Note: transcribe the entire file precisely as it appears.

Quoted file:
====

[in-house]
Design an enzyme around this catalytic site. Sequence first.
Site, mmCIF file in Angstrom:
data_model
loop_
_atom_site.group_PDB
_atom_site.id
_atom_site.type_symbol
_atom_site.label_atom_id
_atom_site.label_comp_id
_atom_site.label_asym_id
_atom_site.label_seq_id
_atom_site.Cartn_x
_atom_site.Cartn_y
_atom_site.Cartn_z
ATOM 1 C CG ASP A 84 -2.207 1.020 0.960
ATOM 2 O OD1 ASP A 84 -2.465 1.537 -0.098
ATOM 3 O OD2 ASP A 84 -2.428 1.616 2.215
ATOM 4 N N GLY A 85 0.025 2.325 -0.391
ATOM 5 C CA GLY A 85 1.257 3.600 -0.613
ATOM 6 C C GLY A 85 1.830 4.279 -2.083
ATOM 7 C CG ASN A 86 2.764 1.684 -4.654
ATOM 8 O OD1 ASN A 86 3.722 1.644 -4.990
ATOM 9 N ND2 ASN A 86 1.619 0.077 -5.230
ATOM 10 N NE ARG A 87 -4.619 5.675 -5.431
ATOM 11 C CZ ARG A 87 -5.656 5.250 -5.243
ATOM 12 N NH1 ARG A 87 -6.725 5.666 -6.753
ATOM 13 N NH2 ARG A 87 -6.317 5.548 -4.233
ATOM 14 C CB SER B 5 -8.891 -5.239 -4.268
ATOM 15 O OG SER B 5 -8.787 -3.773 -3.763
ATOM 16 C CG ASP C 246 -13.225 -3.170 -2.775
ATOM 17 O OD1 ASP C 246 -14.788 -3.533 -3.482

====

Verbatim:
[in-house]
Design an enzyme around this catalytic site. Sequence first.
Site, mmCIF file in Angstrom:
data_model
loop_
_atom_site.group_PDB
_atom_site.id
_atom_site.type_symbol
_atom_site.label_atom_id
_atom_site.label_comp_id
_atom_site.label_asym_id
_atom_site.label_seq_id
_atom_site.Cartn_x
_atom_site.Cartn_y
_atom_site.Cartn_z
ATOM 1 C CG ASP A 84 -2.207 1.020 0.960
ATOM 2 O OD1 ASP A 84 -2.465 1.537 -0.098
ATOM 3 O OD2 ASP A 84 -2.428 1.616 2.215
ATOM 4 N N GLY A 85 0.025 2.325 -0.391
ATOM 5 C CA GLY A 85 1.257 3.600 -0.613
ATOM 6 C C GLY A 85 1.830 4.279 -2.083
ATOM 7 C CG ASN A 86 2.764 1.684 -4.654
ATOM 8 O OD1 ASN A 86 3.722 1.644 -4.990
ATOM 9 N ND2 ASN A 86 1.619 0.077 -5.230
ATOM 10 N NE ARG A 87 -4.619 5.675 -5.431
ATOM 11 C CZ ARG A 87 -5.656 5.250 -5.243
ATOM 12 N NH1 ARG A 87 -6.725 5.666 -6.753
ATOM 13 N NH2 ARG A 87 -6.317 5.548 -4.233
ATOM 14 C CB SER B 5 -8.891 -5.239 -4.268
ATOM 15 O OG SER B 5 -8.787 -3.773 -3.763
ATOM 16 C CG ASP C 246 -13.225 -3.170 -2.775
ATOM 17 O OD1 ASP C 246 -14.788 -3.533 -3.482